The book of Obadiah ends with a sweet, seven-word promise--"and the Kingdom shall be the Lord's." This means that at the end of the day, God Himself will rule over all! Why is this truth comforting to you? Describe what you think God's rule will be like. Share your description with someone.
The book of Jonah begins with a haunting words, "to go...away from the presence of the Lord." Now it is absolutely comical that Jonah believes he can run from God's presence and yet this is not a foreign practice to any of us. What have been some major occurrences of you running from the Lord? List them out.
We know that the sin of running is not one that only happens in our past, but many of us are still running in some ways. List the ways you continue to run from God.
God appoints prophets to speak the word to many people. In this book the prophet decides to not obey. So God "appoints" a fish to swallow him up. Jonah should have been drowned in wrath, but was swallowed up by grace. This is the story for all of us. Take a moment to just thank God for His grace in that while we were yet sinners Christ died for us.
(Jonah)—Our Repentance and God's Patience
Jonah's Sermon only lasted for a few words, and then it was over. Have you ever seen God have someone respond so quickly to your message? What was that like? What does your repentance before God normally look like now? If there is anything you need to repent of, simply get on your knees at this moment, and ask God for forgiveness.
God turned away from wrath after they repented. What amazing grace. Often we magnify God but don't mimic Him. Yet we are called to do so throughout Scripture. When have you been vengeful in your life and not 'relented from disaster' for much less? Jonah was angry with the Lord's grace towards others. This was born out of racism and an understanding of their evil. Who do you need to extend the grace of God to?
The major difference between the plant that God had eaten by a worm, and the people of Nineveh is that the plant never received a warning. How has God been patient with you in warning you of the disaster to come?
J. G. McConville says "The book of Micah seeks to understand the destiny of Israel in light of Israel's theological heritage" In other words it looks back to look forward. Take a moment to write down what you know of your Christian heritage. We often spend time diving deep into our physical family tree, but rarely take time to do so with our spiritual family tree. Who shared the gospel with you or discipled, and who discipled them? If you still know the person you are, I'd suggest texting them as a way of reconnecting.
Micah is primarily a book about disaster that the Lord will bring. He says He Himself will witness against them for all of their idolatry. What were some of the idols in your life that God judged on the cross when you first came to Christ?
In chapter 2, the Lord focuses on preaching. What have been some examples in your life of people who preached what is right even if it was frustrating or uncomfortable for your flesh? What about examples where this wasn't the case? When have you had to give a hard word to someone? How did they respond?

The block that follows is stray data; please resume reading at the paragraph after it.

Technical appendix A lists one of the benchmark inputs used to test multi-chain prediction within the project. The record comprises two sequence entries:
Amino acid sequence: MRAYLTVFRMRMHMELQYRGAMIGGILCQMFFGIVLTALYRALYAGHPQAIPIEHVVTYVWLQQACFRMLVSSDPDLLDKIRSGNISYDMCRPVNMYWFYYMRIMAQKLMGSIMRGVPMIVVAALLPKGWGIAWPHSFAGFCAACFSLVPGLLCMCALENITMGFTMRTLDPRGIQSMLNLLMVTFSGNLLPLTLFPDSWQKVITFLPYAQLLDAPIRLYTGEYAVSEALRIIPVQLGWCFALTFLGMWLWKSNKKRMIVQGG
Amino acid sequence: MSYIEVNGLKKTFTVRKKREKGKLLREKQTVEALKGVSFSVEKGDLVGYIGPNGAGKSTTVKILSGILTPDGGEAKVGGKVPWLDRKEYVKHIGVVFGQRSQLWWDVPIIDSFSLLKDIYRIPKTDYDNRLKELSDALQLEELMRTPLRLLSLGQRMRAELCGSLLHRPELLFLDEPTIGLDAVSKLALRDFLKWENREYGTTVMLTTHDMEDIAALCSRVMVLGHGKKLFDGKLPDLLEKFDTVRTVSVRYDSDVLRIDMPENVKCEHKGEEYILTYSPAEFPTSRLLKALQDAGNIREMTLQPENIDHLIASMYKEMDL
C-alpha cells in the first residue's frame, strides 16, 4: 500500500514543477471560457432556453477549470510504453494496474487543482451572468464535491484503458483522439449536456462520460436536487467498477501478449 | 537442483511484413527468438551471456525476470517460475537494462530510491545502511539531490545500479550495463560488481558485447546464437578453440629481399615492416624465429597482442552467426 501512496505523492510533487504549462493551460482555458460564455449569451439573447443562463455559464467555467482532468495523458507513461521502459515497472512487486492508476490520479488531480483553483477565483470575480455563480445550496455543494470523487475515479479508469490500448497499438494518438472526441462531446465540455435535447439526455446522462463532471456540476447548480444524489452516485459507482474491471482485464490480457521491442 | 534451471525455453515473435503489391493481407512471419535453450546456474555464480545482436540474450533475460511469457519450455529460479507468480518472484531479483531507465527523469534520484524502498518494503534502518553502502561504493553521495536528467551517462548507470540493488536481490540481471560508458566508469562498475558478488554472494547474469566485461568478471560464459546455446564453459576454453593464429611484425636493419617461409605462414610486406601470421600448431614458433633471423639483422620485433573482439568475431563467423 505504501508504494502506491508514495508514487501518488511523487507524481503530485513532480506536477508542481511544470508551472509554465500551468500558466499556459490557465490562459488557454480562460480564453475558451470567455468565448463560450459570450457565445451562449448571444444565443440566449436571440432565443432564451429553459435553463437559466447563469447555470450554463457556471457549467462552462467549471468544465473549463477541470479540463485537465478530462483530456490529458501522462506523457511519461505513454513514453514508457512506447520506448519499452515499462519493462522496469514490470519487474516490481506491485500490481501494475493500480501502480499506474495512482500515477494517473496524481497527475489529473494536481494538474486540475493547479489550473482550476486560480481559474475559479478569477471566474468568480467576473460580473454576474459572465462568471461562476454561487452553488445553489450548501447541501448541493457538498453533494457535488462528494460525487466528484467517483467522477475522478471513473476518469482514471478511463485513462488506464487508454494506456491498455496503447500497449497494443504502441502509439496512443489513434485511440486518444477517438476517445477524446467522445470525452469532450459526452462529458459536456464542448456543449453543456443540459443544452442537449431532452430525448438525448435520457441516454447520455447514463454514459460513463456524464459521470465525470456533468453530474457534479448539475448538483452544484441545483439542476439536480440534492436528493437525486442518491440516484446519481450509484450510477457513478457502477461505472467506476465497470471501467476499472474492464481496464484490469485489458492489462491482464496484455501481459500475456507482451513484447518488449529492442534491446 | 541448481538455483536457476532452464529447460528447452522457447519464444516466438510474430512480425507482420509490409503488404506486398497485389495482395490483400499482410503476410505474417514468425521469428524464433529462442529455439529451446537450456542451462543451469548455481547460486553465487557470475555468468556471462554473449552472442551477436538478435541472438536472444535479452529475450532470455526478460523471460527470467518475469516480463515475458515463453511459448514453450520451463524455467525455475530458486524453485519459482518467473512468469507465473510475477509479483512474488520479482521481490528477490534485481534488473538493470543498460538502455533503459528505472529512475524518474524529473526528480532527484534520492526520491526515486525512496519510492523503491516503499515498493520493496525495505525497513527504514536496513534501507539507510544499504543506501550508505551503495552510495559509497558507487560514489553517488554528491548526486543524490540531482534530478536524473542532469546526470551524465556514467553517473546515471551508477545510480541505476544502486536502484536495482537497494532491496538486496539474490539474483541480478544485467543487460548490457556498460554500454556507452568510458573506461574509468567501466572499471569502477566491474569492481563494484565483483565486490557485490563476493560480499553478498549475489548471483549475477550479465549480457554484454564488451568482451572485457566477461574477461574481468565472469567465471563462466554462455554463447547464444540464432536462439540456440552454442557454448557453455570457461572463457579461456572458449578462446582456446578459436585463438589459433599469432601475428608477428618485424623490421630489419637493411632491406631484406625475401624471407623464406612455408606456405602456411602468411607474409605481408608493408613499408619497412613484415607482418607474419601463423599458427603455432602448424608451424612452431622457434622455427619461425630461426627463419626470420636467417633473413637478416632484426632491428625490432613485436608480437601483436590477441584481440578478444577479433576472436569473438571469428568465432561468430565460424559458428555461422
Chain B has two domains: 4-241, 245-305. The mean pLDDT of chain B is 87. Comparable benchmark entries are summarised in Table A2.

(Micah continued)—Hope and Holiness
There are quite a few places in this book about God's wrath where God gives hope. (Chapters 4-5 especially)When was a time when you found hope or saw God's grace in spite of your own rebellion? Stop and thank God for His grace in this moment.
The biggest hope is given in chapter 5 as a promise for the Messiah's coming. For the people this would have been a hopeless time. Describe what the Messiah has done to bring you hope. Not only on a corporate level but personally.
In chapter 6, Micah makes it clear what God requires. "Do justice, love mercy, walk humbly before God." Rate yourself on these three from 1-10. Which do you struggle with the most. Where do you see God's grace the most? Now assess your closest friends, spouse etc. Now back up and ask the question of Cottage Grove Church? The Church in Des Moines? The Church in America at Large?
(Nahum and Habakkuk)—Wrath and Woes
Chapter 1 of Nahum begins with him saying that the Lord is an avenger of all who do wrong (v. 6). He continues with this theme in v. 8-12. But in v. 7, He says something that is different. He says that He "is good, a stronghold in the day of trouble; he knows those who take refuge in him. Why would you think that this verse is inserted right between the others. What about God being wrathful brings you security?
Habakkuk is called the Job of the prophets. It gets to the question of theodicy: 'If God is omni benevolent and omnipotent, why do bad things happen?' How would you answer that question?
The Lord says that the righteous shall live by faith. Why is this so important for the issues facing Habakkuk? Why is this so important for you?
In chapter 2, there are 5 woes laid out. Woes against...1. Greed 2. False Security 3. Slavery 4. Exploitation 5. Idolatry. As I read these woes, I can't help but think of our nation. How do you see these vices playing out in our nation. How have the vices of the nation become your own?
One of my all-time favorite verses in the bible is found in Habakkuk. Can you find it? Nope its not the one you thought. It's 3:2 "In wrath remember mercy." This verse is obviously a cry of the people to God. But more than that, its God's nature. And He proves it at the cross--where His wrath was lavished on Christ, but His mercy was lavished on us. In wrath He remembered His mercy, for it was through wrath that He brought mercy. Sit still as you ponder that truth, and ask God to help you cling to it!